The assembly of nanoparticles into ordered superstructures is a generic phenomenon observed in materials of biological, geological, and man-made origin. Important examples include biomineralization (1) and ancient paints (2) and precipitates origination from slowly hydrolyzing aqueous solutions (3). The possibility to self-organize nanoparticles into two- and three-dimensional superlattices with a high degree of translational order has attracted much interest since the early observations of iron oxide “super crystals” (4). Indeed, understanding and optimizing the structures, at all length scales, of nanocrystal superlattices is an important step toward controlled design of novel nanostructured materials and devices. Arranging nanocrystals into ordered arrays and macroscopic structures with a specific packing arrangement has been used to engineer the band-gap of semiconductor quantum dot arrays (5) and high-density storage media (6, 7).

Mixing monodisperse spheres of different sizes and interactions can yield binary nanoparticle superlattices with a wide range of superstructures and tunable properties (8, 9). Although long-range translational order is essential, it is also of importance to attain a high degree of orientational order (1013) to optimize, e.g., the magnetic properties (14). Indeed, oriented organization and attachment of nanocrystals is an important path for biomineralization processes (15, 16) to create materials with highly anisotropic mechanical properties.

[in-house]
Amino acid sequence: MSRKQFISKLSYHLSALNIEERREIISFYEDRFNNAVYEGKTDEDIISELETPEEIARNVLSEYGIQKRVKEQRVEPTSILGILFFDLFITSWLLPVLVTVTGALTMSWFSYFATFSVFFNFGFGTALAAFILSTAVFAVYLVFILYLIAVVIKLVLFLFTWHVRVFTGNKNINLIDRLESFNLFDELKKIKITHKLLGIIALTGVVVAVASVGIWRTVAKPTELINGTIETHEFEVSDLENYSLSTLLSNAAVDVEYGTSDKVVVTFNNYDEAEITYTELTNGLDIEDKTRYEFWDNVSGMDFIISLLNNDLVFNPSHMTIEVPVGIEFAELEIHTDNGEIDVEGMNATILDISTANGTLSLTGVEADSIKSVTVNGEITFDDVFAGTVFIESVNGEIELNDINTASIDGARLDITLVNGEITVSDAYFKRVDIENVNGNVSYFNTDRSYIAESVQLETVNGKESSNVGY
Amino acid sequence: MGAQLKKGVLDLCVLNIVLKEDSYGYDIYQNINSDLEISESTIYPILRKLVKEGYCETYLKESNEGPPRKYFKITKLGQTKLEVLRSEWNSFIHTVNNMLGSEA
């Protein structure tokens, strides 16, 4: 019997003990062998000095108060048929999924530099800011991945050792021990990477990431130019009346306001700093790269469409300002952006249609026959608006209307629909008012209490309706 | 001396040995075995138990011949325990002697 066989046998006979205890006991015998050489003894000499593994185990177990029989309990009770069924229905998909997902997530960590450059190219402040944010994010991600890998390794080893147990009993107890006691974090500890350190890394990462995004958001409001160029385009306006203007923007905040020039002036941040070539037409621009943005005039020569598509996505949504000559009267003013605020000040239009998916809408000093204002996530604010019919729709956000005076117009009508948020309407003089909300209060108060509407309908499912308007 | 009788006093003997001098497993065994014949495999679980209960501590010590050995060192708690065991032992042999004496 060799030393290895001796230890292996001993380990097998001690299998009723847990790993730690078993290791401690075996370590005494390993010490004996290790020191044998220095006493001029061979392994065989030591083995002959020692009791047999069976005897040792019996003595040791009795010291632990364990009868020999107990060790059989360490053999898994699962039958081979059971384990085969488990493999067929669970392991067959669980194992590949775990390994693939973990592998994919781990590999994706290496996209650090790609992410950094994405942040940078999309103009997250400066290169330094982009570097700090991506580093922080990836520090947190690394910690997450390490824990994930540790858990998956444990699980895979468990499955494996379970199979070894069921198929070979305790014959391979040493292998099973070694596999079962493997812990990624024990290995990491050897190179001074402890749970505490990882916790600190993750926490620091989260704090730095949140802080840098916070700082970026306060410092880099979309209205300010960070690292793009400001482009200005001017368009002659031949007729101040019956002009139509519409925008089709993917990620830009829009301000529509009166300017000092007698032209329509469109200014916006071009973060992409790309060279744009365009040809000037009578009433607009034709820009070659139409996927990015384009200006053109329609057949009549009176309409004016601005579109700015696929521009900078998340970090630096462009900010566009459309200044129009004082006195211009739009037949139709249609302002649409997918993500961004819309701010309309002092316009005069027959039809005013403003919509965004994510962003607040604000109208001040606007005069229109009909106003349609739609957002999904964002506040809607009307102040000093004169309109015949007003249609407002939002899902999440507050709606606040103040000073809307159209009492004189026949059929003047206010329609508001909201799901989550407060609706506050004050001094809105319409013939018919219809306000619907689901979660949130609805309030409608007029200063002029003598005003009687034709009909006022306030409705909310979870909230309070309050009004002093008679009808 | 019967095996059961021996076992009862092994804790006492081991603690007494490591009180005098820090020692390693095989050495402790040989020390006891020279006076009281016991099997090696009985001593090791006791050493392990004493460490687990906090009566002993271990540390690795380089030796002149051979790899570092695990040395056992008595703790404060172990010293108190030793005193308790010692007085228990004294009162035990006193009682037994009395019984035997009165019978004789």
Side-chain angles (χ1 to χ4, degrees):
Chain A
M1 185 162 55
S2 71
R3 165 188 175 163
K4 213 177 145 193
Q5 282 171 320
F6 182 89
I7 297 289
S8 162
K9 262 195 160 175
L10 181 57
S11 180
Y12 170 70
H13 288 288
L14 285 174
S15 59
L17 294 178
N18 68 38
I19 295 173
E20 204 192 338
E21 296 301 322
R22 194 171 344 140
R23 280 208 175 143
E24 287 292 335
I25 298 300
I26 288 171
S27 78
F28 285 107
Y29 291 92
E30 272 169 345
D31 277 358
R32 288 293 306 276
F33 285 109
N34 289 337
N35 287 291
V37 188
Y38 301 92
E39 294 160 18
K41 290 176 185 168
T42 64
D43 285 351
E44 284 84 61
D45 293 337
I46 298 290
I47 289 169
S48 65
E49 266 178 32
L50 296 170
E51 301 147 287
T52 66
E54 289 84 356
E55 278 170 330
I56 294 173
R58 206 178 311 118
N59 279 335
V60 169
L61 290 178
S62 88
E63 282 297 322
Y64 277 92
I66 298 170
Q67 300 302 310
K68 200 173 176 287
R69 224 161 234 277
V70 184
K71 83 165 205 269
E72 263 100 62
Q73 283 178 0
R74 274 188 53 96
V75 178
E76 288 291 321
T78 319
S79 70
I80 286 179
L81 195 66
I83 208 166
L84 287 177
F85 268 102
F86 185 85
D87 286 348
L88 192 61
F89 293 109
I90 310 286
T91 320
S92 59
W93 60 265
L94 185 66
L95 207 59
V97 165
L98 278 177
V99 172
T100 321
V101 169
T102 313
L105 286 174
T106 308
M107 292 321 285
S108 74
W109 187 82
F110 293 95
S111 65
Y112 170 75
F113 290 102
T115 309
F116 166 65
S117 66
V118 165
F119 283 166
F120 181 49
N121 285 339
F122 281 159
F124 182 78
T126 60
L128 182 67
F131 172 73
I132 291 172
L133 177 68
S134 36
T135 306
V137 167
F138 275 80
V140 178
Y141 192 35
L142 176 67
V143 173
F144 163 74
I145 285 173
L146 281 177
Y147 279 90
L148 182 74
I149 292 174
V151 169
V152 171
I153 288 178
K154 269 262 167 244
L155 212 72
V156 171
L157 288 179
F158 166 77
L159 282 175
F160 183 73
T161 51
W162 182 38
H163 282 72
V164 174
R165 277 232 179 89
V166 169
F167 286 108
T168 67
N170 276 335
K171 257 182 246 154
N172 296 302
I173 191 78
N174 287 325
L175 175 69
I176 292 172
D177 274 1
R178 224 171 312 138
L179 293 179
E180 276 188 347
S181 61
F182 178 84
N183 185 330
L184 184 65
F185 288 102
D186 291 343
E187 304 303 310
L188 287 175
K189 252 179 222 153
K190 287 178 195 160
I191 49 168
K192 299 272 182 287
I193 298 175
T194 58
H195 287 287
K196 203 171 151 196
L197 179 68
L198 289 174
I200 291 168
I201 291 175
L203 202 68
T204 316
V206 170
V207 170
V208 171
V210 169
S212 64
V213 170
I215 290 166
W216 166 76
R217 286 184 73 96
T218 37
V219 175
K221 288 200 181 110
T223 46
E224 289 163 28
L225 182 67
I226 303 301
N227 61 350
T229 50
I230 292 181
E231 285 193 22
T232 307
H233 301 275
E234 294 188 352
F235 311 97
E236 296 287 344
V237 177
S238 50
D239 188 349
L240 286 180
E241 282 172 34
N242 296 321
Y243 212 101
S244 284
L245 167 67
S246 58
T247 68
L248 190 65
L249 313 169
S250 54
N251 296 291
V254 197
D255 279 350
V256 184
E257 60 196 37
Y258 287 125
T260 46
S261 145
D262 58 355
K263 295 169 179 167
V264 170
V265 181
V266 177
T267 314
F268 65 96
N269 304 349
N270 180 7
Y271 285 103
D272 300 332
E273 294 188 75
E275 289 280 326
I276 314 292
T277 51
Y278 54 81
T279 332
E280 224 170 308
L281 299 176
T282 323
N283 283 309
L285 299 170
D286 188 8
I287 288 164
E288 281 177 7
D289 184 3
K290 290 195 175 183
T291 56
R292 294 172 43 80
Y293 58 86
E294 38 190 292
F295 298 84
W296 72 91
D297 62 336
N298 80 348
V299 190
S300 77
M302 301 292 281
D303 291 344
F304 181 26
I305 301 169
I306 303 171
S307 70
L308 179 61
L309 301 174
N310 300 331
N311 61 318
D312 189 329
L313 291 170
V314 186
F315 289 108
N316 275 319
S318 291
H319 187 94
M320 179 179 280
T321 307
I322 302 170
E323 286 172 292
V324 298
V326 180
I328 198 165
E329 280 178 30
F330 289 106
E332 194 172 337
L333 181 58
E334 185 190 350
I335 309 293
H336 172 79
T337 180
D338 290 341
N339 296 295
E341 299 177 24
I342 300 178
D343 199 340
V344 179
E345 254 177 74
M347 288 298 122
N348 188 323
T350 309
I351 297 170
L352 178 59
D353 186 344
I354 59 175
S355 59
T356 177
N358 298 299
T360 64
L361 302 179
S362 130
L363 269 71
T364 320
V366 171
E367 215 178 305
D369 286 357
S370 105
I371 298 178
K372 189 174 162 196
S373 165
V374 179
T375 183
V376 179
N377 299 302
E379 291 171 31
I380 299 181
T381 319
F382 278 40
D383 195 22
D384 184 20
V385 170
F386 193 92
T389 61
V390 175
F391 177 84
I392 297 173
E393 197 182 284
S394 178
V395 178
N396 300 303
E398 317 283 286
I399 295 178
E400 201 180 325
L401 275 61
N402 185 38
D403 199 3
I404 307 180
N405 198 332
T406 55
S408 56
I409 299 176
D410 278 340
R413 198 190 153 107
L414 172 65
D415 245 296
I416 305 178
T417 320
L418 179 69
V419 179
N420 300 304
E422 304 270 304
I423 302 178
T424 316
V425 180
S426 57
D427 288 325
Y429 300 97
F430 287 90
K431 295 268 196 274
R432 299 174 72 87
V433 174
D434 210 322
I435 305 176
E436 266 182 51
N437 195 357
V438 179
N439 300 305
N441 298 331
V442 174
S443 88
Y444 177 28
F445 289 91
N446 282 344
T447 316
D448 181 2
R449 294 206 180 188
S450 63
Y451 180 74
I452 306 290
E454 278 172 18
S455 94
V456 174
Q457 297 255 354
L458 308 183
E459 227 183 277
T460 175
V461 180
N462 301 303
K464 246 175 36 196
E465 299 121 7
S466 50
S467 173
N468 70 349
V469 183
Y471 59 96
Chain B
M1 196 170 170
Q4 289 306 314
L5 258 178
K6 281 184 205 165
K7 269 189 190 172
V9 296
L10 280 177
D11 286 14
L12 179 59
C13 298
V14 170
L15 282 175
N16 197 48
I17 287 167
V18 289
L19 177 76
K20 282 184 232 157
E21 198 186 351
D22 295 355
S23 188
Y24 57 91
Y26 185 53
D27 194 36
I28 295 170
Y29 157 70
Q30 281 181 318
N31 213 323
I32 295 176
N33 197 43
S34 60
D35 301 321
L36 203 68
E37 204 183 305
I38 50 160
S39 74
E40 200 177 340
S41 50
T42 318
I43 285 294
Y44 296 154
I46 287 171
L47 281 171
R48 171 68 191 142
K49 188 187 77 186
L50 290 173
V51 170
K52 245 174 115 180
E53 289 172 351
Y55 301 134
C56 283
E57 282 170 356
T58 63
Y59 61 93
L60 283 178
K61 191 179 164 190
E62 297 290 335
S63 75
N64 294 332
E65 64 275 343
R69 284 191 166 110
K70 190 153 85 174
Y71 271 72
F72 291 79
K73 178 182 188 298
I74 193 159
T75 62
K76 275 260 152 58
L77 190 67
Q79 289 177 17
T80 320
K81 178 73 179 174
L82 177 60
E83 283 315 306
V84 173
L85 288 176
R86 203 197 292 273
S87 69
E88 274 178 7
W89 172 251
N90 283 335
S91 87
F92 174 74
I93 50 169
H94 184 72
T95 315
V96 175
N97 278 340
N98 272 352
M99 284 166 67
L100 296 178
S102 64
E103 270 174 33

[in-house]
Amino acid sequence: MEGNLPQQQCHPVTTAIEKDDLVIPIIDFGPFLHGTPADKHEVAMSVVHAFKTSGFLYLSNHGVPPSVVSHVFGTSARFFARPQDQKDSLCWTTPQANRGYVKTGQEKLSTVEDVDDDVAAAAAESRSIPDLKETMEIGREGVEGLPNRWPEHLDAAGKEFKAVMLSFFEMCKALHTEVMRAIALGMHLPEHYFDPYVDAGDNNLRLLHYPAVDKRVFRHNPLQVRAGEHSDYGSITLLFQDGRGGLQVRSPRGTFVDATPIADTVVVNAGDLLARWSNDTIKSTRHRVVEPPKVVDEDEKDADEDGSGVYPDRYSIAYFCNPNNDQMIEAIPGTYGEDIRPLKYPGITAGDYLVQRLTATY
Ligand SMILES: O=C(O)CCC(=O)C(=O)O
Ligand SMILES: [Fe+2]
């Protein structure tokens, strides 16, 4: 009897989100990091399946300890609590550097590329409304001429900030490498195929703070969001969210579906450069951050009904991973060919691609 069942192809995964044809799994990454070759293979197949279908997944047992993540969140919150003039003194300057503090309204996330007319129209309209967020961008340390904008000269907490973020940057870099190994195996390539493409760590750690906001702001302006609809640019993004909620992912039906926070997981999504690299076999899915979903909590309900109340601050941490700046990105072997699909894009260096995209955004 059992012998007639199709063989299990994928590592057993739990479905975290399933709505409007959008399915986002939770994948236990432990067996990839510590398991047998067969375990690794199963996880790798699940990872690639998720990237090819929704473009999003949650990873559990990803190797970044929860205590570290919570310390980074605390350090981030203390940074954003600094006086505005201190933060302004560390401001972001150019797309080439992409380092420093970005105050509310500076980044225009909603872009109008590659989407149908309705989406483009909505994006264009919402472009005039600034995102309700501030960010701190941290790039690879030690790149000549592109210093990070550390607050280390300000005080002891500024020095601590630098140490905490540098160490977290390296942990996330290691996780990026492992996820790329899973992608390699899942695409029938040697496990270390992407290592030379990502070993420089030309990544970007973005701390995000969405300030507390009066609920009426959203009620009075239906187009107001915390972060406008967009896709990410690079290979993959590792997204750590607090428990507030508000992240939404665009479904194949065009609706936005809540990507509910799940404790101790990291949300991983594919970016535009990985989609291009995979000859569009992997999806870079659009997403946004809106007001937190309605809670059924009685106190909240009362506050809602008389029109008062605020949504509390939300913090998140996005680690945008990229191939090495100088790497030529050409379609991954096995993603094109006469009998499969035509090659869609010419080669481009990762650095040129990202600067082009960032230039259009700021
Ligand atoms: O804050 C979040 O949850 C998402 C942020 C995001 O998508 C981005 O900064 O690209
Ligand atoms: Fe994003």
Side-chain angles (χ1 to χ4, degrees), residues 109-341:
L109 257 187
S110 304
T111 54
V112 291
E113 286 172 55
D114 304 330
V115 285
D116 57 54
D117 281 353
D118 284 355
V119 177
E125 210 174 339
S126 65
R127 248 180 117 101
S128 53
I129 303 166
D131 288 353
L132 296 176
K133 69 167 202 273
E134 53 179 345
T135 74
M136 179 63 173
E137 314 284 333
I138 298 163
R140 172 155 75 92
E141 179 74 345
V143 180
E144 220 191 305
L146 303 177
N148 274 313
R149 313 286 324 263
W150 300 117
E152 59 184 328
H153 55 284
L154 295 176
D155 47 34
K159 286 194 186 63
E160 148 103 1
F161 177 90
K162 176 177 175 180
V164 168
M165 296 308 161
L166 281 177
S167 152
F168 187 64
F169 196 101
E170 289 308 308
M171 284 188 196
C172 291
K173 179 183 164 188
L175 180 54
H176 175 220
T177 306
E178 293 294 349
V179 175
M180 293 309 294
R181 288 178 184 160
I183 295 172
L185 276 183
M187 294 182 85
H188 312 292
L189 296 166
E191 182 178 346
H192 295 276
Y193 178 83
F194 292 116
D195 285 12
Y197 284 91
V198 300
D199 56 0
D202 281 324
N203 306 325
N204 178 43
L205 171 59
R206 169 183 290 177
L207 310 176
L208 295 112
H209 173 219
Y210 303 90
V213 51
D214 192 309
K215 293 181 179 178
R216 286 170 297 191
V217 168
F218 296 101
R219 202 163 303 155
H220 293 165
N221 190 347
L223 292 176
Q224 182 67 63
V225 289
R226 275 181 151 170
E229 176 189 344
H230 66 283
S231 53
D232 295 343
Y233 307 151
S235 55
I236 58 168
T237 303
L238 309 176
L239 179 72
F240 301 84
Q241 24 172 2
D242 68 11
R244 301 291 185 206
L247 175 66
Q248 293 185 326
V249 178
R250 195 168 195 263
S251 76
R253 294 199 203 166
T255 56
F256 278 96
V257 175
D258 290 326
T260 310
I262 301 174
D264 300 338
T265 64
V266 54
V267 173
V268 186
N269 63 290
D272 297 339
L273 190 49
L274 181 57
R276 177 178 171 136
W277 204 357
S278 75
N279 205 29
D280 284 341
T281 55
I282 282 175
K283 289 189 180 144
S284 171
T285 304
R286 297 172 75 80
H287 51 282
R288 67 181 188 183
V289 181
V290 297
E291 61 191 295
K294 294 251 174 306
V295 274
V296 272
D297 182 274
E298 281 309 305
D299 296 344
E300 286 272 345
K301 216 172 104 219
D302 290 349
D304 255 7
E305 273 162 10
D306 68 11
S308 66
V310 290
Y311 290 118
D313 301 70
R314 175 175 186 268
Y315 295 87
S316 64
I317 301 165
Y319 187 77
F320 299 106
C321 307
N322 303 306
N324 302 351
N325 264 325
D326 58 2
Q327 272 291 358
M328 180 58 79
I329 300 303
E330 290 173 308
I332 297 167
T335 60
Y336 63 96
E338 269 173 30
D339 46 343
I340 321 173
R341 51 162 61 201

Fundamentally, self-assembly into well defined structures requires that the colloidal building blocks have a well defined size and shape and that the interaction can be tuned to allow the system to attain a minimum free-energy state (17, 18). The range and magnitude of the attractive and repulsive interactions can also have a profound influence on the nucleation and growth rate and thus also the morphology and defect density of the nanocrystal superlattices. Rogach, Weller, and coworkers (19, 20) showed how a gradual destabilization through the slow diffusion of a poor solvent into the continuous phase of a dispersion of spherical nanocrystals can promote the formation of closely packed superlattices.